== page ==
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Bruce Gowers, director of ‘Bohemian Rhapsody’ video, dies at 82

The Scotsman worked with Michael Jackson, Prince and The Rolling Stones

By Joe Goggins

Bruce Gowers (Picture: YouTube)

Bruce Gowers, the revered music video director who helmed the clip for Queen’s ‘Bohemian Rhapsody’, has died at the age of 82.

In a statement on his Facebook page, his family announced that Gowers passed away after an acute respiratory infection, in Santa Monica, California. Born in West Kilbride, Scotland, he began his career at the BBC, working initially as a cable puller, a cameraman, and production manager and “[learning] the business from the ground up,” according to the statement.

In 1975, he directed ‘Bohemian Rhapsody’, a benchmark in the history of the music video; it has been viewed more than 1.5 billion times on YouTube, becoming only the second 20th century music video to pass the billion mark in 2019, after Guns N’ Roses‘ ‘November Rain’. It launched a career in the business that saw him work with everybody from The Rolling Stones (on ‘Hot Stuff’, ‘Hey Negrita’ and ‘Fool To Cry’) to Prince (‘Controversy’, ‘Sexuality’), Michael Jackson (‘Rock with You’, ‘She’s Out of My Life’) and Whitney Houston (‘Why Does It Hurt So Bad’). His final credit as music video director was on the star-studded clip for Peter Kay’s Comic Relief revival of Tony Christie’s ‘(Is This the Way to) Amarillo’ in 2005.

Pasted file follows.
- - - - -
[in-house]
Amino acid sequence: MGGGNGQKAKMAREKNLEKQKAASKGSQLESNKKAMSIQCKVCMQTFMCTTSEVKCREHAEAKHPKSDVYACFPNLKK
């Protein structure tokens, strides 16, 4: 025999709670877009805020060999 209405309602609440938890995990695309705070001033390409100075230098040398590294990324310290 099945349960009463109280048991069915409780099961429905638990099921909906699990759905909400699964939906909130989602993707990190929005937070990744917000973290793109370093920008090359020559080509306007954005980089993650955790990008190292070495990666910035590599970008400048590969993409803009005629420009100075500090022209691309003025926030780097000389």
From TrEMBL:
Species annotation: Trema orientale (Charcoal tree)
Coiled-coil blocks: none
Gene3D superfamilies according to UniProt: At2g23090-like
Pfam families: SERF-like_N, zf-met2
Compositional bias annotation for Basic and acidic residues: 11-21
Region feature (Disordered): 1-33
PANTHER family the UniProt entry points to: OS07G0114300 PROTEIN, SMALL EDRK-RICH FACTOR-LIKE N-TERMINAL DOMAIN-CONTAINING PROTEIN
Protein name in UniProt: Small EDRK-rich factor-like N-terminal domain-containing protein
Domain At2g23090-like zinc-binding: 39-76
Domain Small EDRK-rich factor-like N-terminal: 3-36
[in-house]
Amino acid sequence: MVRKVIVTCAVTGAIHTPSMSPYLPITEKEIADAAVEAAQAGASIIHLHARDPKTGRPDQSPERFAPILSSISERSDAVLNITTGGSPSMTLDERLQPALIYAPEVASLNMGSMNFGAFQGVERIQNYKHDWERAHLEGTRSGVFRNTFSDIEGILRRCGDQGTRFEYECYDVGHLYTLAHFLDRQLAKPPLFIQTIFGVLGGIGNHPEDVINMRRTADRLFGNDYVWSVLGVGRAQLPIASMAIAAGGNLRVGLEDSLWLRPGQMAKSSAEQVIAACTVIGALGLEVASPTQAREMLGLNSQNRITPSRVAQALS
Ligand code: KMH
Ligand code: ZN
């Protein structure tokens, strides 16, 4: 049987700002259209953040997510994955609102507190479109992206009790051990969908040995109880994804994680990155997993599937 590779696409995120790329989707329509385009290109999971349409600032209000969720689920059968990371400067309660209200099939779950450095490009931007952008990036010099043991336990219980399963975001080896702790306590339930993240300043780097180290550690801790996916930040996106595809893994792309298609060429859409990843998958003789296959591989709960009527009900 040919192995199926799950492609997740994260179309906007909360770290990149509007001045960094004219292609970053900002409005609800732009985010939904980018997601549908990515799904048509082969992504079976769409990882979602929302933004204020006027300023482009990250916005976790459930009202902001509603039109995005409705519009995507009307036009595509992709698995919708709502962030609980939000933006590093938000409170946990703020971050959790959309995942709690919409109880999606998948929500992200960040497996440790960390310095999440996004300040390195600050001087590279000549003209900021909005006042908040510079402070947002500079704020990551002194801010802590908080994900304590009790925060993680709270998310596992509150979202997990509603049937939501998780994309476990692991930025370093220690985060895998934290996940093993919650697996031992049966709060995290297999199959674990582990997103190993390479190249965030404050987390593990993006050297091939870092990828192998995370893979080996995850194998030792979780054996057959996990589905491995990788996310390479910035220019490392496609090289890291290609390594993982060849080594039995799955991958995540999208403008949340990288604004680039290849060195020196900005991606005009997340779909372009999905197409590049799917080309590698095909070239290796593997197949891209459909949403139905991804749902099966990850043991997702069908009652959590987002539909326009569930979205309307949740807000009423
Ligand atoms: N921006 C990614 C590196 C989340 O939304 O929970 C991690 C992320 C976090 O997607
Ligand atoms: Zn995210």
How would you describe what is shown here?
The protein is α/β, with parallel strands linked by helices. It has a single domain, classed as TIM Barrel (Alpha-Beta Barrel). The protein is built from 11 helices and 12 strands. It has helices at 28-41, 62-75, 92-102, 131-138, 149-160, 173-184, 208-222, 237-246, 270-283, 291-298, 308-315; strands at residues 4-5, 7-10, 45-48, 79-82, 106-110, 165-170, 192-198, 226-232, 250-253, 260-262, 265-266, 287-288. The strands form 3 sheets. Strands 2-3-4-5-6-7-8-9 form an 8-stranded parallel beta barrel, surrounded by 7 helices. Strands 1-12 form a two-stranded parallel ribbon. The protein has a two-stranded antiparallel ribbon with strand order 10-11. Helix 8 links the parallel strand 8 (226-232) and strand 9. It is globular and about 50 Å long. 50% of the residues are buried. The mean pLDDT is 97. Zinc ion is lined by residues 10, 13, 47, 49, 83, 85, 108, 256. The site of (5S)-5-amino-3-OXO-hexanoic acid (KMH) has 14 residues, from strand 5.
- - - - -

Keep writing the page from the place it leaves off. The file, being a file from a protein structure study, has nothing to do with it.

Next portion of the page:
Gowers also worked extensively in television, winning an Emmy in 2009 for his work on American Idol. Also on his mantelpiece was a Grammy in the Best Music Video, Long Form category, for 1984’s Huey Lewis and the News: Heart of Rock and Roll and a Director’s Guild of America award for 2004’s Genius: A Night with Ray Charles. He is survived by his wife, two children and four grandchildren.

Queen drummer Roger Taylor said that the clip for ‘Bohemian Rhapsody’, which was made for just £3500, was “the first video to be used as a really successful promotional tool”. Despite this, Gowers claimed to have been paid only $590 for his work on it, and did not see further remuneration. “The only thing that upsets me is that they have been using my video for 40 years, and they have never paid me a dime or said thank you,” he told the Daily Mail in 2018. A planned lawsuit for lost royalties apparently never came to pass.

He remained proud of the video, however. “It changed the way music was perceived; everyone was doing videos and bands were seeing their sales and chart positions rise if their videos were good.”